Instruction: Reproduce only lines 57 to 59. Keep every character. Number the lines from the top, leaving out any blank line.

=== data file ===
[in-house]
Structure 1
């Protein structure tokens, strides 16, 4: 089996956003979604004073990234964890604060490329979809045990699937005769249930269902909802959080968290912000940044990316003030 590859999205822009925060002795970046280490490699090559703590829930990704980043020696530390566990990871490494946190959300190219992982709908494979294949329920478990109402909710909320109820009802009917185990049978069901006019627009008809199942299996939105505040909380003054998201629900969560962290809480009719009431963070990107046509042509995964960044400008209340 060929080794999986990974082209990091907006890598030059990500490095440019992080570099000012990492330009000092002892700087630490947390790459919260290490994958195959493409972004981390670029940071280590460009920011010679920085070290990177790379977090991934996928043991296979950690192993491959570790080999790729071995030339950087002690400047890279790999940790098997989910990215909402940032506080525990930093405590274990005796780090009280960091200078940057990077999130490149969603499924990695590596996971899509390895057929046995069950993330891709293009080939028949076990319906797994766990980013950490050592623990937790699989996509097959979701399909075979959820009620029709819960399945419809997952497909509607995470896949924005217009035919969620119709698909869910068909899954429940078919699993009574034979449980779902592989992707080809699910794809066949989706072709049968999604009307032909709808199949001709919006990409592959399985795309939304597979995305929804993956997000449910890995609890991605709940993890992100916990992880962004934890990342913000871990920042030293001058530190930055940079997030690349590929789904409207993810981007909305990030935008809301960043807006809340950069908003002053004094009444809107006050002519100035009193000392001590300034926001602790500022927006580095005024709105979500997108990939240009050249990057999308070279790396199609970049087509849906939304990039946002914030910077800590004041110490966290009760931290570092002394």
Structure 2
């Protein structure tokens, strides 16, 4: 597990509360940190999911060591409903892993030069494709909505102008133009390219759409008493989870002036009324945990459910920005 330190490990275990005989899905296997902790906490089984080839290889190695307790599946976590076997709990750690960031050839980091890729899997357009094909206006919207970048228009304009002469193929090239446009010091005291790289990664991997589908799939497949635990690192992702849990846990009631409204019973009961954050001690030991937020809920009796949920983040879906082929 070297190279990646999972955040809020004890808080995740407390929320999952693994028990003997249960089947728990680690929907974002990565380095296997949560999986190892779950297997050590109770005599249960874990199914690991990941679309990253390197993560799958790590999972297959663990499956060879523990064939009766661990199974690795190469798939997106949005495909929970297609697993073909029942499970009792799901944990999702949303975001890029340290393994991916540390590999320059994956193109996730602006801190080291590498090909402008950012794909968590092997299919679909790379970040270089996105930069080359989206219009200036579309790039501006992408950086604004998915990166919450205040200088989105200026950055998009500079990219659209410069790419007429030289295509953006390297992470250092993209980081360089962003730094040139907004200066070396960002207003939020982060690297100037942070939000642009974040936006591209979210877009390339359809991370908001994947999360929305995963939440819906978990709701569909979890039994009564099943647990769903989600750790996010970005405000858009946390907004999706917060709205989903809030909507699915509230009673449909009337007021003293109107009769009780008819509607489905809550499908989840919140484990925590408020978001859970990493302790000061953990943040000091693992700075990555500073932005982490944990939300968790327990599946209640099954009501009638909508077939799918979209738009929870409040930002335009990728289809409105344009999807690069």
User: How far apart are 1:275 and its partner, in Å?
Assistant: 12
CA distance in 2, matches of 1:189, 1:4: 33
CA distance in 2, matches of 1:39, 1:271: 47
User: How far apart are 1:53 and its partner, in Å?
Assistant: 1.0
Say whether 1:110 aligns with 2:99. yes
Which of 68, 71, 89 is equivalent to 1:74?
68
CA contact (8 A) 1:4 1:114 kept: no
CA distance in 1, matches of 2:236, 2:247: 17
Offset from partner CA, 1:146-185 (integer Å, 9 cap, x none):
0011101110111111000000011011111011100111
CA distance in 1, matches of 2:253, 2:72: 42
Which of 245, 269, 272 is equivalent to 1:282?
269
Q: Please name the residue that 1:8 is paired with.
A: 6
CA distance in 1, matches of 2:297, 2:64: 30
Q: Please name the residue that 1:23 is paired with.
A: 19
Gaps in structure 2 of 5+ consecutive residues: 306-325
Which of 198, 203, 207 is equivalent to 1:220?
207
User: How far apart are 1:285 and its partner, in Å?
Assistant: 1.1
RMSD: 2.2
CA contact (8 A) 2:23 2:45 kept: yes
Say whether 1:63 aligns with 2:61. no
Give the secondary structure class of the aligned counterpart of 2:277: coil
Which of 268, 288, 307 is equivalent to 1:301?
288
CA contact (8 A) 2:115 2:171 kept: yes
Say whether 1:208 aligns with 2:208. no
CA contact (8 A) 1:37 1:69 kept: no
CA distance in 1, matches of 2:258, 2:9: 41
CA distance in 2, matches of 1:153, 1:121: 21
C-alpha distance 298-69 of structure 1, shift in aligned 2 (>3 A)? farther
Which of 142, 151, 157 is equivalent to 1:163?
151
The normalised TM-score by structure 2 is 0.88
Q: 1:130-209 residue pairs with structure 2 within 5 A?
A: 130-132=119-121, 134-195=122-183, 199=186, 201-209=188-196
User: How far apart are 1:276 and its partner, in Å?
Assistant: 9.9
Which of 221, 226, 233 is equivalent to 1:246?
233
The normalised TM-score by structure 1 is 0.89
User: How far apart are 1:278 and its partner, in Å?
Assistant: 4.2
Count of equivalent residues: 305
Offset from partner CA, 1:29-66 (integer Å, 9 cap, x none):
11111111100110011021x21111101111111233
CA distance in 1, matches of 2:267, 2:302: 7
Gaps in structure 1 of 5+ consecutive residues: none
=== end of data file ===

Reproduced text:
Offset from partner CA, 1:29-66 (integer Å, 9 cap, x none):
11111111100110011021x21111101111111233
CA distance in 1, matches of 2:267, 2:302: 7